Sandy Banks has an excellent column in today's L.A. Times about the bubble in which the Republican party resides. Memo to GOP: It's 2012, there is such a thing as voter diversity, extremists views are frowned upon (understatement), equal rights and voting rights exist, misogyny is not an option, white people are no more American than other people nor are they in any way superior, and young people are smarter and more informed than you think.
In short, ignorance and bigotry are not acceptable:
...GOP pundits: Romney might have won, they say, if he had eased up on illegal immigration and found a running mate who could attract Latinos or draw votes in swing states.
But this is not a matter of fine-tuning the message or rustling up a candidate with brown skin or serviceable Spanish.
The problem is a platform that staked out the far-right fringe on so many issues that it turned off immigrants, women, minorities, single mothers, young people, gays and lesbians.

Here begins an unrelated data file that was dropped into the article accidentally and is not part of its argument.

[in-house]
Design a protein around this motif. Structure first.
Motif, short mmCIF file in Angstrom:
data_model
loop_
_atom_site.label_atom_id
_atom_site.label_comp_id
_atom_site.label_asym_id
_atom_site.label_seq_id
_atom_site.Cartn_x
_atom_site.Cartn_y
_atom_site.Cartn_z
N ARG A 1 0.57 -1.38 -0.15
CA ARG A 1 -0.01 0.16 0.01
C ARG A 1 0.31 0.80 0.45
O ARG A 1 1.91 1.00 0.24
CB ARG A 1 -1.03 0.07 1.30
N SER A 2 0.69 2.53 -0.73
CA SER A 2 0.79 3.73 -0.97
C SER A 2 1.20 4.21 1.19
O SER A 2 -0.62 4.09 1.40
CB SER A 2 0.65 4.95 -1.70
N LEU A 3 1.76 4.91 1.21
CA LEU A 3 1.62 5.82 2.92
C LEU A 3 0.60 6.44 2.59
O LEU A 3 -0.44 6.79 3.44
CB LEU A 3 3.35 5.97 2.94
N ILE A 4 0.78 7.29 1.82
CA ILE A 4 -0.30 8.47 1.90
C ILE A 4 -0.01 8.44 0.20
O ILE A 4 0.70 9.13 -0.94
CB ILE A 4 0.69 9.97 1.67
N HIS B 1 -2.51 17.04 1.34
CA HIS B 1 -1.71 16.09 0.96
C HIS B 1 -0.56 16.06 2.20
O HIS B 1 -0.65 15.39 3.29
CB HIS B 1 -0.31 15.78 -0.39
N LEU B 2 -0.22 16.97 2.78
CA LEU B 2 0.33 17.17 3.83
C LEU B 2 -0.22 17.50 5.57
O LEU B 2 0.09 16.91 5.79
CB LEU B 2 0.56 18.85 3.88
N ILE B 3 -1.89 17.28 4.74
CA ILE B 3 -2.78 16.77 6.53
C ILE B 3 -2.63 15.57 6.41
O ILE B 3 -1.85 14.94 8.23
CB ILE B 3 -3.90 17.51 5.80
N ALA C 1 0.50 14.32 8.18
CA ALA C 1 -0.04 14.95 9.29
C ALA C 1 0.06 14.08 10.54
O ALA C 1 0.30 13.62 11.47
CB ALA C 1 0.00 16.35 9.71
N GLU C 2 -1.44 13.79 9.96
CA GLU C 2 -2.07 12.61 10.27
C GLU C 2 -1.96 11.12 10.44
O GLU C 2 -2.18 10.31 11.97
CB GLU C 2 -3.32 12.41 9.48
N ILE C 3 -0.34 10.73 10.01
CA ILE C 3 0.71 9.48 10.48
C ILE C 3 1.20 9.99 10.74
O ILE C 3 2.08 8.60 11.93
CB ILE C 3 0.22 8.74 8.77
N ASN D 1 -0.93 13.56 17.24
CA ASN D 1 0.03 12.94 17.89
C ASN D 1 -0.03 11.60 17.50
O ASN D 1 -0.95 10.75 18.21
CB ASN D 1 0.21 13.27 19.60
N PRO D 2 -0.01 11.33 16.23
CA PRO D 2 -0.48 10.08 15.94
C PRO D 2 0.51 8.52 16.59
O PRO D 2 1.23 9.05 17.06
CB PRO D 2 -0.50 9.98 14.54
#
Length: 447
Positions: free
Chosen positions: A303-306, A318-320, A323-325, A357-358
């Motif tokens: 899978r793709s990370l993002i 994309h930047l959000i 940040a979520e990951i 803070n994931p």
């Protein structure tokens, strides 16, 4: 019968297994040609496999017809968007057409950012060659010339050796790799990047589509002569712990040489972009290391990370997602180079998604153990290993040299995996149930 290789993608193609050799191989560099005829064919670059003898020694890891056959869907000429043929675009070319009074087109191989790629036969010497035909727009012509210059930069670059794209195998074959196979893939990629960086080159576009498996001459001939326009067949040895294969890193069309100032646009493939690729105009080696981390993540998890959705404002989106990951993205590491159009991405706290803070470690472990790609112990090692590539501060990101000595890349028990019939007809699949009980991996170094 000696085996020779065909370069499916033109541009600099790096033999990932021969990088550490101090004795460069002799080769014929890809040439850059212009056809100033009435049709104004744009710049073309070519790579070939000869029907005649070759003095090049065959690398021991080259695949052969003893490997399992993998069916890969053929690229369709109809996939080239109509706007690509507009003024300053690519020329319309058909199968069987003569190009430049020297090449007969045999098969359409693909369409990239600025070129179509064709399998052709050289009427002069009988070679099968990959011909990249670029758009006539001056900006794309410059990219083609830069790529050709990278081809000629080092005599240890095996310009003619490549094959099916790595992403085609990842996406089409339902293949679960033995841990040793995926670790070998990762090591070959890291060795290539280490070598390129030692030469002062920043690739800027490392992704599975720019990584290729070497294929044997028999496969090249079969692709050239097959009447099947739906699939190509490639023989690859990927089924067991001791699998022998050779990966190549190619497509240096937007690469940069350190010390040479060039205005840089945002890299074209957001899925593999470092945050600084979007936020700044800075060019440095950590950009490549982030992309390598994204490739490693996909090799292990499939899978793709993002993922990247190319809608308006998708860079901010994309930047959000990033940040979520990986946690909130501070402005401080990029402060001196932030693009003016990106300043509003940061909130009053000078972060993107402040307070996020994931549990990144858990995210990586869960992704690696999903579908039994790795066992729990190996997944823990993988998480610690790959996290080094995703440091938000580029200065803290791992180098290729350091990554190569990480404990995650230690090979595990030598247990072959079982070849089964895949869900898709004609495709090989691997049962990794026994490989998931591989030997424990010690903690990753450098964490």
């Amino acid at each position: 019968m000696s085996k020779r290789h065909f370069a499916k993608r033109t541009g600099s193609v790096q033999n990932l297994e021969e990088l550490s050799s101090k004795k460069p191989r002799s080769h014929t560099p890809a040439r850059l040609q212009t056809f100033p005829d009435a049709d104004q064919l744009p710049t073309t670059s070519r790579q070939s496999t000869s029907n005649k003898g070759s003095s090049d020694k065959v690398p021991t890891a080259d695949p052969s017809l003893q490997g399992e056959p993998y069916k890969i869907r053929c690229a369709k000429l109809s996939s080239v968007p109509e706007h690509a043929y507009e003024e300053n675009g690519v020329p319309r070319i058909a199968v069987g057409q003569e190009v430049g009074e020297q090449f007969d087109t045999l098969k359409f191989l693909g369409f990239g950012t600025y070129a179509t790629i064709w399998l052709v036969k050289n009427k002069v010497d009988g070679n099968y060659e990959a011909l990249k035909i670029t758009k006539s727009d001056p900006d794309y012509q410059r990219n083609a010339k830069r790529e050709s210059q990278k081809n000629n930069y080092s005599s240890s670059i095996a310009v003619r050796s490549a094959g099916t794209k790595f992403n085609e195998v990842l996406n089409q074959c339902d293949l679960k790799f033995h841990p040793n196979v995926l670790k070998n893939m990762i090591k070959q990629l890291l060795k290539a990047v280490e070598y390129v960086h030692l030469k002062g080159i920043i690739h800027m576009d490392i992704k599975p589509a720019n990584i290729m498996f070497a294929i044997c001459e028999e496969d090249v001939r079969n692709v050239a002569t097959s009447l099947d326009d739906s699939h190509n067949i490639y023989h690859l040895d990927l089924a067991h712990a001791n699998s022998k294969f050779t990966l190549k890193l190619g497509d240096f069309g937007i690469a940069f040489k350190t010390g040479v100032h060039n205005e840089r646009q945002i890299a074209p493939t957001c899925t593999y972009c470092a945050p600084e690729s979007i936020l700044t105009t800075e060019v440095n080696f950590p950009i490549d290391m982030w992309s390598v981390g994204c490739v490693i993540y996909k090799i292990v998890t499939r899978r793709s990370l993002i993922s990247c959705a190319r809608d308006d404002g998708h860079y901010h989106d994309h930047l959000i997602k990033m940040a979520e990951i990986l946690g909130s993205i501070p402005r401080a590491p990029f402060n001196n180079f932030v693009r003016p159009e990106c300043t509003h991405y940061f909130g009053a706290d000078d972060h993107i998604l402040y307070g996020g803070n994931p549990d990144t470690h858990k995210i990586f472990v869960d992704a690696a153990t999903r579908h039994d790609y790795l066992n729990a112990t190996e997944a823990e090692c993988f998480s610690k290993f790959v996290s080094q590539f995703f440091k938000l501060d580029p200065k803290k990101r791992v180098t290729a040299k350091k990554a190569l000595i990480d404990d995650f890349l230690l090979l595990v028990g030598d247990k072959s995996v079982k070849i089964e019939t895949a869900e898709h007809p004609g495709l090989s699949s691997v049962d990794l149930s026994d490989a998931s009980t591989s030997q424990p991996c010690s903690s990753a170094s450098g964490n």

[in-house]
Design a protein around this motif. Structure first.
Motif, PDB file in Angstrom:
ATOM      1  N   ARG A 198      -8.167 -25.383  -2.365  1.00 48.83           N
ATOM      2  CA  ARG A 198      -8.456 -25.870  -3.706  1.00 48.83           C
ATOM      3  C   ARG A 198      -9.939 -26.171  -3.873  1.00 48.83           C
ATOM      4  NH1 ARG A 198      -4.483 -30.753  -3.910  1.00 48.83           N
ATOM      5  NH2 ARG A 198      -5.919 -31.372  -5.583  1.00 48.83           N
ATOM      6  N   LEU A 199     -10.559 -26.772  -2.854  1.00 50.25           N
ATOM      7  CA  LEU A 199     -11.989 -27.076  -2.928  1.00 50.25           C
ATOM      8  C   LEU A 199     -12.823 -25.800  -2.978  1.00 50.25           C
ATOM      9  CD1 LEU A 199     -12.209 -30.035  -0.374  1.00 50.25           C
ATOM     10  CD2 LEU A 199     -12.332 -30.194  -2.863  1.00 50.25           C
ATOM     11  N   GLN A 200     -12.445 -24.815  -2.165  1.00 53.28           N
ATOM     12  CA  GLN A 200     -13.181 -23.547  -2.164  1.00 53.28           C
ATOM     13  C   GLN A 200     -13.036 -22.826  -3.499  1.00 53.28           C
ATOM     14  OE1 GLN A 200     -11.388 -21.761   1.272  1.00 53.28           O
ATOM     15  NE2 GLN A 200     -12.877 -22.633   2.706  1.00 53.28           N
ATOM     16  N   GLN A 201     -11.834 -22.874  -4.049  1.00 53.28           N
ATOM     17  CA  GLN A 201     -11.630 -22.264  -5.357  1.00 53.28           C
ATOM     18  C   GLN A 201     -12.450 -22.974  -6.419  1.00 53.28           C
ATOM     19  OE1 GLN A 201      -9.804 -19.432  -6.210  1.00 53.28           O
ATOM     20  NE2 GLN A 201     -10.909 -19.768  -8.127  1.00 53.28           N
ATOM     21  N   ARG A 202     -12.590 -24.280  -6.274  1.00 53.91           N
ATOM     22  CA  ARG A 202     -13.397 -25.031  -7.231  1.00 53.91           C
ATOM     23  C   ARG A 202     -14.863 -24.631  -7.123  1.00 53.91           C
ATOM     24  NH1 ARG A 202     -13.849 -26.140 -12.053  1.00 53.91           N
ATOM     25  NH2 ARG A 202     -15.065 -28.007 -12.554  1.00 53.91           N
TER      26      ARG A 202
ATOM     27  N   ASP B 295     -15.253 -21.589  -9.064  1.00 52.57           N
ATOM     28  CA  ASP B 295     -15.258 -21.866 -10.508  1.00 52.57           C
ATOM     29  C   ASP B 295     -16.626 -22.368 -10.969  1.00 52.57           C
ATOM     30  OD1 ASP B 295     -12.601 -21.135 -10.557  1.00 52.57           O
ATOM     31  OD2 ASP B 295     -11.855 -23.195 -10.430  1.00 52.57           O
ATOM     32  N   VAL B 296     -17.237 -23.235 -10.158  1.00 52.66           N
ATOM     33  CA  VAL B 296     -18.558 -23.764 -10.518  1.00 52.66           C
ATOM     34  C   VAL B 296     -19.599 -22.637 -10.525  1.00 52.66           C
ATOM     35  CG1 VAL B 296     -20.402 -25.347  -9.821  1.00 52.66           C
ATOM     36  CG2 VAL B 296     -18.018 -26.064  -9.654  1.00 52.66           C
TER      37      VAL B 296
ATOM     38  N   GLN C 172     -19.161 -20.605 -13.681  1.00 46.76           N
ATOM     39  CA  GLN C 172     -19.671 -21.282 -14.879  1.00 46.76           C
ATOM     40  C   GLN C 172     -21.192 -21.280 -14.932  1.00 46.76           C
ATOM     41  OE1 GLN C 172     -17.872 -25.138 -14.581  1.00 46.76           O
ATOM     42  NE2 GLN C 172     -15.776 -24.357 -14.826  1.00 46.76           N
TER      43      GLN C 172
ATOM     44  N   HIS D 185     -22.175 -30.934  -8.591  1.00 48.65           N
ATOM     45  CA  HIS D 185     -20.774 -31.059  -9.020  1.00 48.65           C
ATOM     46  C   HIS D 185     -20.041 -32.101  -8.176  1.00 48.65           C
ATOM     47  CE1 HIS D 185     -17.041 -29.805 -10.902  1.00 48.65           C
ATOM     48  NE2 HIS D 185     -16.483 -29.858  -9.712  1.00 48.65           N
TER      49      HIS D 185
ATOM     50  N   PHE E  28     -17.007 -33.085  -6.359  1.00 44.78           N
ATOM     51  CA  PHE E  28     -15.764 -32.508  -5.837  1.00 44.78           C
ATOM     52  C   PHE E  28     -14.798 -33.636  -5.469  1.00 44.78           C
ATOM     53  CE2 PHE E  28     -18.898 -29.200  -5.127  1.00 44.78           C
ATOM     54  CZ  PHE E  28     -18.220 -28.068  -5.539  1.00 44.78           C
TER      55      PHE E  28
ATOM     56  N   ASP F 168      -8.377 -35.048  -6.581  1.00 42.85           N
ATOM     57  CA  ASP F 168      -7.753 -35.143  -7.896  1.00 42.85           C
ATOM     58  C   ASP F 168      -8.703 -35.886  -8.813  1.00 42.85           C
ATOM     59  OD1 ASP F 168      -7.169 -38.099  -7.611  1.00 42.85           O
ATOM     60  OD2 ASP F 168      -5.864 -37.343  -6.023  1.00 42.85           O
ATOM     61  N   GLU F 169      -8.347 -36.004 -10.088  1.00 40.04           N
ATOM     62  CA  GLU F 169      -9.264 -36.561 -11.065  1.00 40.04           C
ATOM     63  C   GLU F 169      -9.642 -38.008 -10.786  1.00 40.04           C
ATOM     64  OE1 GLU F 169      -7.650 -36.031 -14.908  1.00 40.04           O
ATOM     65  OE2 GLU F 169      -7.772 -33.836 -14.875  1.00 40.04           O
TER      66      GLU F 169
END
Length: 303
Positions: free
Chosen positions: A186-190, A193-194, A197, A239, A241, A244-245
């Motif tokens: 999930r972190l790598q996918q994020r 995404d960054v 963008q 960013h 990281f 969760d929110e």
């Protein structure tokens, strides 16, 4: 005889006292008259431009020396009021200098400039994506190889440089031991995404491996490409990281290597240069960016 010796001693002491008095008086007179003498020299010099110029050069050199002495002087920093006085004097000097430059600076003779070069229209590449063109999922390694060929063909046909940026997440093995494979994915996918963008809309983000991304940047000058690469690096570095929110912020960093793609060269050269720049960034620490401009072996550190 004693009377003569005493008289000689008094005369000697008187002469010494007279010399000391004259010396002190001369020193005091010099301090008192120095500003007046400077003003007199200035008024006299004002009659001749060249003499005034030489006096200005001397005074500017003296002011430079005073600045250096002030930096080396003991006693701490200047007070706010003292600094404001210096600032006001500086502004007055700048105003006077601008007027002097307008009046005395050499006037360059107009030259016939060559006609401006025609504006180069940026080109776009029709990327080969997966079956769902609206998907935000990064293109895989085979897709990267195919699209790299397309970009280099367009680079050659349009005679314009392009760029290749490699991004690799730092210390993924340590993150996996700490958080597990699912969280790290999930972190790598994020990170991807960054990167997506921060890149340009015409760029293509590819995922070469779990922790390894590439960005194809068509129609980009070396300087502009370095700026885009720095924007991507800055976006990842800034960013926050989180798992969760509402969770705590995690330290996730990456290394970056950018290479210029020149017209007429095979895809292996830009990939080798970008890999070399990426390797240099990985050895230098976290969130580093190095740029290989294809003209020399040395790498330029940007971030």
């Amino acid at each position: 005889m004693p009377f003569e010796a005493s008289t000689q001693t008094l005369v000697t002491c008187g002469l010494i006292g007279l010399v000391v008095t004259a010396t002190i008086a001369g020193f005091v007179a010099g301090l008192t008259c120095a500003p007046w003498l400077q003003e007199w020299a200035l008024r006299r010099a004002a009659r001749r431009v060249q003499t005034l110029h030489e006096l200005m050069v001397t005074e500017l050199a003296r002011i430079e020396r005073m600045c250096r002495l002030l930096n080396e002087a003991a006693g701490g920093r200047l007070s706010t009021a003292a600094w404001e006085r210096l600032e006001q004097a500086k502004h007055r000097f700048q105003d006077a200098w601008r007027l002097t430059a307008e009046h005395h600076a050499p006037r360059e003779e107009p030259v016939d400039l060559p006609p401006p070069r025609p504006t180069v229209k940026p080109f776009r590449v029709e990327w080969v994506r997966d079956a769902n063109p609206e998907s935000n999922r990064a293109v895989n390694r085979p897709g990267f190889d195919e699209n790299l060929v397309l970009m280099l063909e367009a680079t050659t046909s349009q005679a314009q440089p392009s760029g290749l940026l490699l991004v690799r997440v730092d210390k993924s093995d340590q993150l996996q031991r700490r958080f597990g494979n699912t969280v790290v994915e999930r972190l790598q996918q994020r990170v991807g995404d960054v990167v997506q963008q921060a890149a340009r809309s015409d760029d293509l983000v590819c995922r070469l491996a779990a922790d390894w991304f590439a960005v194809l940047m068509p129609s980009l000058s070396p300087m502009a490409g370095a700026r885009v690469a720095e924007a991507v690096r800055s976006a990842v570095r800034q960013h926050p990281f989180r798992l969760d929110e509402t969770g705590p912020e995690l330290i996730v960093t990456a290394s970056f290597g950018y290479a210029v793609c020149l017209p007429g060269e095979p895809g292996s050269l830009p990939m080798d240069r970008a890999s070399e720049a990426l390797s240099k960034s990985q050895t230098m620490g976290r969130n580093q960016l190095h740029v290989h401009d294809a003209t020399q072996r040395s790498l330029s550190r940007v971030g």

The images of winners and losers on election night said it all: the Norman Rockwell tableau in Romney's sullen Boston ballroom versus the kaleidoscopic diversity of Obama's Chicago victory montage.
The America the Republicans want is not the one we have. [...]
Voters carried those slights and insults to the voting booth, tired of being treated with contempt by a party that doesn't seem to understand their realities. [...]
... Republicans weren't beaten only by arithmetic this time. They lost through willful blindness.
Reality has a way of sneaking up on the delusional.
By the way, speaking of voting rights, here's Reynolds v. Sims (1964):
Undeniably, the Constitution of the United States protects the right of all qualified citizens to vote, in state as well as in federal, elections. A consistent line of decisions by this Court in cases involving attempts to deny or restrict the right of suffrage has made this indelibly clear. It has been repeatedly recognized that all qualified voters have a constitutionally protected right to vote, Ex parte Yarbrough, 110 U. S. 651, and to have their votes counted, United States v. Mosley, 238 U. S. 383. In Mosley, the Court stated that it is "as equally unquestionable that the right to have one's vote counted is as open to protection . . . as the right to put a ballot in a box." 238 U.S. at 386.
Not only does the Republican party need revamping, so does our voting system. Both are a disgrace.
Please read the entire article by Sandy Banks here.